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Last Updated: Friday, 25 June, 2004, 08:39 GMT 09:39 UK
Disease threatens choc production
By Julianna Kettlewell
BBC News Online science staff

Cocoa pod, Aberystwyth University
A cocoa pod with the frosted appearance of frosty pod disease
World cocoa production could decline if diseases ravaging South American crops spread to other major cocoa producing regions, UK scientists have warned.

Tens of thousands of people have lost their jobs as the cocoa industry struggles with the "witches' broom" and "frosty pod" infections.

If the diseases reach plantations in West Africa the effects could be devastating, researchers claim.

Their concerns are detailed in the summer edition of Biologist magazine.

"In Bahia [on the Atlantic coast of Brazil], the destruction caused by witches' broom disease (WBD) has been terrible," co- author Dr Gareth Griffith, of the University of Wales Aberystwyth, told BBC News Online.

"It is estimated that 200,000 people have been put out of work, and a further two million people have been indirectly affected," he continued. "The knock-on effects have included a soaring crime rate and extensive rural depopulation."

Opportunity to spread

WBD and frosty pod disease (FPD) are both fungi and close relatives of one another.

WBD causes the growing parts of cocoa trees to become swollen and branched, giving the appearance of a witches' broom.

Diseased cocoa leaves, Aberystwyth University
Cocoa leaves suffering from the effect of witches' broom disease
FPD, on the other hand, only attacks the growing pods. The fungus produces cream-coloured spores, which sit on the pod surface leaving a frosty dusting.

WBD and FPD were first identified in the early 20th Century. According to Dr Griffith, they probably evolved in the Amazon rainforest.

It is likely they simmered away at stable endemic proportions - until, that is, increased trade and cocoa production gave them a golden opportunity to spread.

Dr Griffith believes growers travelling from one region to the next probably took the diseases with them.

"People take what they think are healthy pods and try to plant them in a new area - but they can accidentally bring the disease with them," he explained. "That's how WBD got to Ecuador and that is almost certainly how it got to Bahia."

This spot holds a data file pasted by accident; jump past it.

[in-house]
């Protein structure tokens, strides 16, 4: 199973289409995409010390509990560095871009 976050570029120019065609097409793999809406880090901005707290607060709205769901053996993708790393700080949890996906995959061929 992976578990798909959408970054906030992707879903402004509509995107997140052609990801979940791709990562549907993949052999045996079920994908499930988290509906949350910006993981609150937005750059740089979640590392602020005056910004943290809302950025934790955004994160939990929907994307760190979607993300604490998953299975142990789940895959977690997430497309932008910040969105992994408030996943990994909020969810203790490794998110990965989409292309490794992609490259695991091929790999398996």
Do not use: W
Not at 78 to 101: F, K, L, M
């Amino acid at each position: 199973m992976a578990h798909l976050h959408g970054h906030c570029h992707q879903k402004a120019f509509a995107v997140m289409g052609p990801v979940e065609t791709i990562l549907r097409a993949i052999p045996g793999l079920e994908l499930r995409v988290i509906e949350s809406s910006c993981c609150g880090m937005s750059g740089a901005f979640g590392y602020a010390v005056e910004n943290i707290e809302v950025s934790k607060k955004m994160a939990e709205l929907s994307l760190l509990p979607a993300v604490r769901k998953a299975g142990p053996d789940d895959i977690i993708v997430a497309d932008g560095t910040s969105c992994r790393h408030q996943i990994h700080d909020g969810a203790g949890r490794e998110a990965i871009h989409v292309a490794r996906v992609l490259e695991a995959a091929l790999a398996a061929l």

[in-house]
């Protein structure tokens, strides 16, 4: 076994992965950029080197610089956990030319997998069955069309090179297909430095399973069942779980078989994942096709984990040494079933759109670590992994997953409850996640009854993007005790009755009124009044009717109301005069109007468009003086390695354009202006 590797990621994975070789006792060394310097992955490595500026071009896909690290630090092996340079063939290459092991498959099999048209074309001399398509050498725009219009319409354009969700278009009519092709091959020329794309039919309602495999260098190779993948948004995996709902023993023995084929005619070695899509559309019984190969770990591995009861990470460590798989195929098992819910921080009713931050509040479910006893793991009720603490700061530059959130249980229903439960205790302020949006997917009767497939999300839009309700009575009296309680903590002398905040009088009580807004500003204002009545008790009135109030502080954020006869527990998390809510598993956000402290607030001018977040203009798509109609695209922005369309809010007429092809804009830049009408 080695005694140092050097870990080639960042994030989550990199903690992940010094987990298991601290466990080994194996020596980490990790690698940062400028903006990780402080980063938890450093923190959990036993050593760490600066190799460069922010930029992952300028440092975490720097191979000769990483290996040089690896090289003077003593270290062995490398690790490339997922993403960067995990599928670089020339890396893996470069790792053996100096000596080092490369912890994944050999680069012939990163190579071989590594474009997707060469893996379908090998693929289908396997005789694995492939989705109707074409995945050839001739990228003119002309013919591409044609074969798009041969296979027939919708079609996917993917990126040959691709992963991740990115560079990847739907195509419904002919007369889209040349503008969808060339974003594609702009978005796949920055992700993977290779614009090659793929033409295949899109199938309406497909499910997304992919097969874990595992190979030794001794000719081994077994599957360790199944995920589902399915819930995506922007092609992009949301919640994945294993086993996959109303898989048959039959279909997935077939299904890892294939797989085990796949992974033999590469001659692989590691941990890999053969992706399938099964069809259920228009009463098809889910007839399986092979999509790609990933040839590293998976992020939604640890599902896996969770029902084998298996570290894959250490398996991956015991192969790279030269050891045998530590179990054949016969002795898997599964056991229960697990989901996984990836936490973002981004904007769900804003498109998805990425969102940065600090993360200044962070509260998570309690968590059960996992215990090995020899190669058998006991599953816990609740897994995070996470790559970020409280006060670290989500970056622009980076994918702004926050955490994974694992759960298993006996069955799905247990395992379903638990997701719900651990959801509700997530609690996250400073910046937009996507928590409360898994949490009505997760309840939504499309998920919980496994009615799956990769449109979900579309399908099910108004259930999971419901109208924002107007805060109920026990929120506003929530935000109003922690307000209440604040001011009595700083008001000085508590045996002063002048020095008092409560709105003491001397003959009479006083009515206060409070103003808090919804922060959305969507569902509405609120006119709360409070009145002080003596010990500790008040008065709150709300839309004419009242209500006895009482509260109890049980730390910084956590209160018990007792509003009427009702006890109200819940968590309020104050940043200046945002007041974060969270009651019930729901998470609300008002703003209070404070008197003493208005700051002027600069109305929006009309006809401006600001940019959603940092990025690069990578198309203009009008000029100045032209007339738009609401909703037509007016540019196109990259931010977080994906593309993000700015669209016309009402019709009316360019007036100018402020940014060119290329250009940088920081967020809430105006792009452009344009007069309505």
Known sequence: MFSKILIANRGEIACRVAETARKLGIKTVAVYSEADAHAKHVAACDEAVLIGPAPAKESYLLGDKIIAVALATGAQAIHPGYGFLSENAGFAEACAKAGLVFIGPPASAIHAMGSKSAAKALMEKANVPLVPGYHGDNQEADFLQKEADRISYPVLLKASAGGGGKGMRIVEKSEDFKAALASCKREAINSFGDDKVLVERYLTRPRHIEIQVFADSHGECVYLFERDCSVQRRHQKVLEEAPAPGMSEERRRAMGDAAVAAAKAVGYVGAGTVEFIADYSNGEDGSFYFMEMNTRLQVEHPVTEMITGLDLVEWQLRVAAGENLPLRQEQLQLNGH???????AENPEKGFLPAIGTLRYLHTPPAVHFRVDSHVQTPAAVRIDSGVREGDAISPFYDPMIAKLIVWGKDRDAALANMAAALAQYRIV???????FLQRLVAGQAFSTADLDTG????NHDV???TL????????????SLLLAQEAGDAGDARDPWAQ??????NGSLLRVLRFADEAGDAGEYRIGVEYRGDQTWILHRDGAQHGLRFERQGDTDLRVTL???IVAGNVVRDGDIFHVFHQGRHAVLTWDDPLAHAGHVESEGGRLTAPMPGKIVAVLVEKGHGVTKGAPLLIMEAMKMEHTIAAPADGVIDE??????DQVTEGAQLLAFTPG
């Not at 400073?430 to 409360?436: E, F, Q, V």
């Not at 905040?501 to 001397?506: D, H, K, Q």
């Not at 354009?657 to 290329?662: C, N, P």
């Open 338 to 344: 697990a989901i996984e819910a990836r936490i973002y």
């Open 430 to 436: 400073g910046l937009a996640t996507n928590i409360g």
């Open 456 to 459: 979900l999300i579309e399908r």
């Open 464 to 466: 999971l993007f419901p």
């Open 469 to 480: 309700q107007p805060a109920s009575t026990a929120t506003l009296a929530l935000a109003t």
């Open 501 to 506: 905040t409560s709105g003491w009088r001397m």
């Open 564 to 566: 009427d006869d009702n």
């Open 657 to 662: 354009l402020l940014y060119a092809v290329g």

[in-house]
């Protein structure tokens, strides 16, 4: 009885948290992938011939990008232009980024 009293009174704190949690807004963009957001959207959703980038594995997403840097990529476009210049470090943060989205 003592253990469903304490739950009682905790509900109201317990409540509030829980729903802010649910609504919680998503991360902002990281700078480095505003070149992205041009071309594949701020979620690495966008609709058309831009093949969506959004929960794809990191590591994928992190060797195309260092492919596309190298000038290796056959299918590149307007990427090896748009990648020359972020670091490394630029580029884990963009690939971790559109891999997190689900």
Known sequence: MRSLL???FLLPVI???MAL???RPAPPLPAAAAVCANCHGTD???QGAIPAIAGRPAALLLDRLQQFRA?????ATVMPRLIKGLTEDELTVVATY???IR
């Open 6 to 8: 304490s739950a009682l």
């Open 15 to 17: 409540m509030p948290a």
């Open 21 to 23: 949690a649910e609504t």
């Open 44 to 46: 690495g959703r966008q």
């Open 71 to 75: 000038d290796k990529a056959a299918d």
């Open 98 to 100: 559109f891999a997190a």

Battle plan

Once WBD becomes established in a cocoa crop, the yield can decrease by up to 90%. And, despite a century of research, no one has come up with a very effective control strategy.

Current battle plans include developing a resistant strain of cocoa plant.

"In Bahia they are focusing on developing a resistant strain, because there the crops were totally devastated," said Bob Eagle, of Cocoa Research UK. "So they have the opportunity to look for cocoa plants that grow in spite of the disease, to see if there is some natural resistance that one can build on."

South America is not the world's biggest producer of cocoa. It contributes only about 10% of the total quantity reaching the global market.

The giant producer is Africa, which churns out more than half of all cocoa.

Africa fears

Dr Griffith fears that if WBD and FPD reach West Africa the results could be catastrophic.

"In West Africa there are millions of families who depend on cocoa," he said. "This disease could devastate their livelihoods."

Dr Griffith would like preventative measures to be taken before it is too late.

"People have a habit of closing the stable door after the horse has bolted," he said. "I am trying to avoid the situation being the same here."

Dr Griffith, Aberystwyth University
Dr Griffith fears that if the diseases reach West Africa the results could be catastrophic
However not everyone involved in the cocoa trade is so worried.

"We would be concerned if we thought there was any serious risk of WBD getting into West Africa," said Mike Webber, director general of the Biscuit, Cake, Chocolate and Confectionery Association.

"There is a very strict quarantine system for any material moving from one cocoa region to another.

"The plants are quarantined for literally months - and only if they are healthy can they move on."

Dr Griffith is not so confident. He is calling for a full risk assessment, to work out the chances of these diseases making it to Africa.

"Increased air travel and crop miles mean that the risk - although small - is growing," he said. "Something needs to be done now before it is potentially too late."

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